Newer IE browser have 2 problems. First, they still have major problems. eg. I was writing a fairly low-level JS library (not building on any existing libraries) and had to put a work around in for IE9 because setting the "type" attribute (like the one in <link type="text/css" ... ..../>) is not standard -- apparently it's read only despite this being a writable element since DOM 1 (we're on DOM3 with DOM4 in the works IIRC).
The second problem is that MS doesn't provide enough incentive for users to keep their browsers up to date. There's no excuse for ANY system to be running IE6-7, yet developers must still write web-app code with them in mind.
The fact is that MS got scared by Netscape, so they poured development into IE. After they crushed Netscape and were finished with IE6 (an amazing browser at the time), they then dropped most of their IE staff because they believed .NET was going to replace the web (I guess Java's failure in this regard didn't teach them anything as they just copied java with c# and tried to do exactly what it did). After ajax happened and Firefox entered the picture, MS still failed to act. Safari and Chrome entered the scene and MS still failed to act (except for stalling the standards committees because MS was too lazy to change anything).
Now MS has realized that they don't have the market power to force their way (webkit is now the standard-breaking problem), they have decided that they must get with the program, but they are way behind the game. FF, Chrome, Safari, and Opera have a huge headstart and their teams are big enough that MS can't really out manpower them. Unlike Netscape, they also aren't going broke because they don't have a business model (the Netscape model was to give the browser away for a while and then start selling it after it caught on -- what little potential there was disappeared when IE was offered for free, so Netscape went under).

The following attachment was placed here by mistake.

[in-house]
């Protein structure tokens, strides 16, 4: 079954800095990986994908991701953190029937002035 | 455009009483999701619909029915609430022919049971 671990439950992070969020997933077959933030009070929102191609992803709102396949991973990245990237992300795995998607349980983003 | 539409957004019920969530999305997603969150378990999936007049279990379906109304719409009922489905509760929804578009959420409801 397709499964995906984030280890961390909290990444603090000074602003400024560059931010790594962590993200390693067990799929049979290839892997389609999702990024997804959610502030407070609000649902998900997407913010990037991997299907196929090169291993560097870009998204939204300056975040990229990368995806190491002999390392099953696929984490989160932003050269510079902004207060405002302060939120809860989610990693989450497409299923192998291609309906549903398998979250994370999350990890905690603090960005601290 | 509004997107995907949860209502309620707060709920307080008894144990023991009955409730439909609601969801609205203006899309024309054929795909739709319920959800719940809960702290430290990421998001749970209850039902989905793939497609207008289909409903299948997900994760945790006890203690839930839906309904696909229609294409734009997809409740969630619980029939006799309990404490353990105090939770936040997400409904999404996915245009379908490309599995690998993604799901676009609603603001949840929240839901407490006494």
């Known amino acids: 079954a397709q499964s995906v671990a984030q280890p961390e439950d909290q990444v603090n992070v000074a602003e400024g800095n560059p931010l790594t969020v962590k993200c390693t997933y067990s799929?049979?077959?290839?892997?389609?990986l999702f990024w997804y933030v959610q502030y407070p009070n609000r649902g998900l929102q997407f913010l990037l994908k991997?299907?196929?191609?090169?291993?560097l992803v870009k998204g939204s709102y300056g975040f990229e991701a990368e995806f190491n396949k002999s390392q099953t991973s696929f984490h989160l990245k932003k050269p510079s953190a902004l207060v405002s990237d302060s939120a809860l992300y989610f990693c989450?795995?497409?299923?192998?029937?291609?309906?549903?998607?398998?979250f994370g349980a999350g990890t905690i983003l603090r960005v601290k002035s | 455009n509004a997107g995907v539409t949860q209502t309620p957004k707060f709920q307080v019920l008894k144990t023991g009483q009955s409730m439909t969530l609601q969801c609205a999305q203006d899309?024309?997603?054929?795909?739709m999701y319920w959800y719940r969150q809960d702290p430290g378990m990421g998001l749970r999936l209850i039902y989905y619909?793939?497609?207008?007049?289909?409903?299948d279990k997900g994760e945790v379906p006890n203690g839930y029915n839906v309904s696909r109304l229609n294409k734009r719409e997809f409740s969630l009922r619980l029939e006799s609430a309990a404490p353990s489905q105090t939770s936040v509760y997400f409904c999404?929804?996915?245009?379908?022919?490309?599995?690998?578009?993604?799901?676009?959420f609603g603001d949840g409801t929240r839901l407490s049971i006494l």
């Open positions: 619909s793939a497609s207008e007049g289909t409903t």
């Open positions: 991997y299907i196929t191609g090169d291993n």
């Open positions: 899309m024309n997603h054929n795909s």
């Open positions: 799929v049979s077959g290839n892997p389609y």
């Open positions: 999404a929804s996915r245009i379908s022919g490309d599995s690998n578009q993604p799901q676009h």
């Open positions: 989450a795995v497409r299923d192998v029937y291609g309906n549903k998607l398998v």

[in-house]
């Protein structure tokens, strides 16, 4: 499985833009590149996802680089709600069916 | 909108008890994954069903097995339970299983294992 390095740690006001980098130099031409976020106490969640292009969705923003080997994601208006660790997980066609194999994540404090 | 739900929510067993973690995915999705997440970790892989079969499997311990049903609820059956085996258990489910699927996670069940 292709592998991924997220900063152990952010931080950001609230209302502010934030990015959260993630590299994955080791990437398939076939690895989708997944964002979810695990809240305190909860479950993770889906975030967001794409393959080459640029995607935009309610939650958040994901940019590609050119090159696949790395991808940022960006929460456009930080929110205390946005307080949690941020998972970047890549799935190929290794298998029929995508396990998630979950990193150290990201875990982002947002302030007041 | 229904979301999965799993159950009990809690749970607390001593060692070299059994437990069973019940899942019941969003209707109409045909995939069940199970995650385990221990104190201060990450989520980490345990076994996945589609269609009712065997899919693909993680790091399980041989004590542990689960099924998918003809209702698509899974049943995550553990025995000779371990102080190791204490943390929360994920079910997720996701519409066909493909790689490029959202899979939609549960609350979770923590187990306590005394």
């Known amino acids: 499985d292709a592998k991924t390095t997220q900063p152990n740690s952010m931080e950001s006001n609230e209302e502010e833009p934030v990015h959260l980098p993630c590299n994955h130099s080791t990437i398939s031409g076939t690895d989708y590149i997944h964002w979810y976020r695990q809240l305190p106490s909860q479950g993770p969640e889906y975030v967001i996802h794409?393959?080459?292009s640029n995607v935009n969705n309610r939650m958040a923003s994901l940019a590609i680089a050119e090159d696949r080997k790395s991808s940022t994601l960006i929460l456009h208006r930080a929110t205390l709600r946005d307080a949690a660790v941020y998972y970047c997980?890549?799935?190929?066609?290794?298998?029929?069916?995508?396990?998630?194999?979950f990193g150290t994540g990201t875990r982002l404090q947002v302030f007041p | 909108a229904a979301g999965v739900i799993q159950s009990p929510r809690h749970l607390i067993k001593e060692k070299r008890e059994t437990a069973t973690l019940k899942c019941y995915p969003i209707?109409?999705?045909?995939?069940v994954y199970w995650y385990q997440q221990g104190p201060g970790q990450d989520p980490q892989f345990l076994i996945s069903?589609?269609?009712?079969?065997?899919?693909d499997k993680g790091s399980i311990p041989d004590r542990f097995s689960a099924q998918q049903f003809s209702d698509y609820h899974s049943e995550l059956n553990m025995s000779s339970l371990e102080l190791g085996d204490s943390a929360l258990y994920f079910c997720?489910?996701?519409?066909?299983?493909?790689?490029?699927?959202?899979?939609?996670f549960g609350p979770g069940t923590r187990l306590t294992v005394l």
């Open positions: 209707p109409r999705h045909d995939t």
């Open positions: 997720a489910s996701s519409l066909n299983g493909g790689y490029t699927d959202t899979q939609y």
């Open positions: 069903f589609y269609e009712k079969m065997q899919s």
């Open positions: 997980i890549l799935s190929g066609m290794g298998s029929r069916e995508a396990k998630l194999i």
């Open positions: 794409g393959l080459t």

Very few people use IE10 and I suspect that IE11 adoption will be similarly slow. With the popularity of FF, Chrome, and Safari outweighing IE (especially when you consider mobile devices), few developers have time or inclination to deal with IE's oddities (which as I pointed out, still exist). Code for these non-IE browser and fallback for old IE versions. If newer IE versions happen to run the better code without breaking, great, but if not, the newer IE versions can just switch to quirks mode and give the users the old fallback version. This view may not be particularly good, but it's the one I see quite a lot. On the flip side, MS stated that they didn't intend to implement webGL (and similar), but perhaps being forced to the sidelines by developers was motivation enough to force them to stick to the standard (Thus we have webgl in IE11).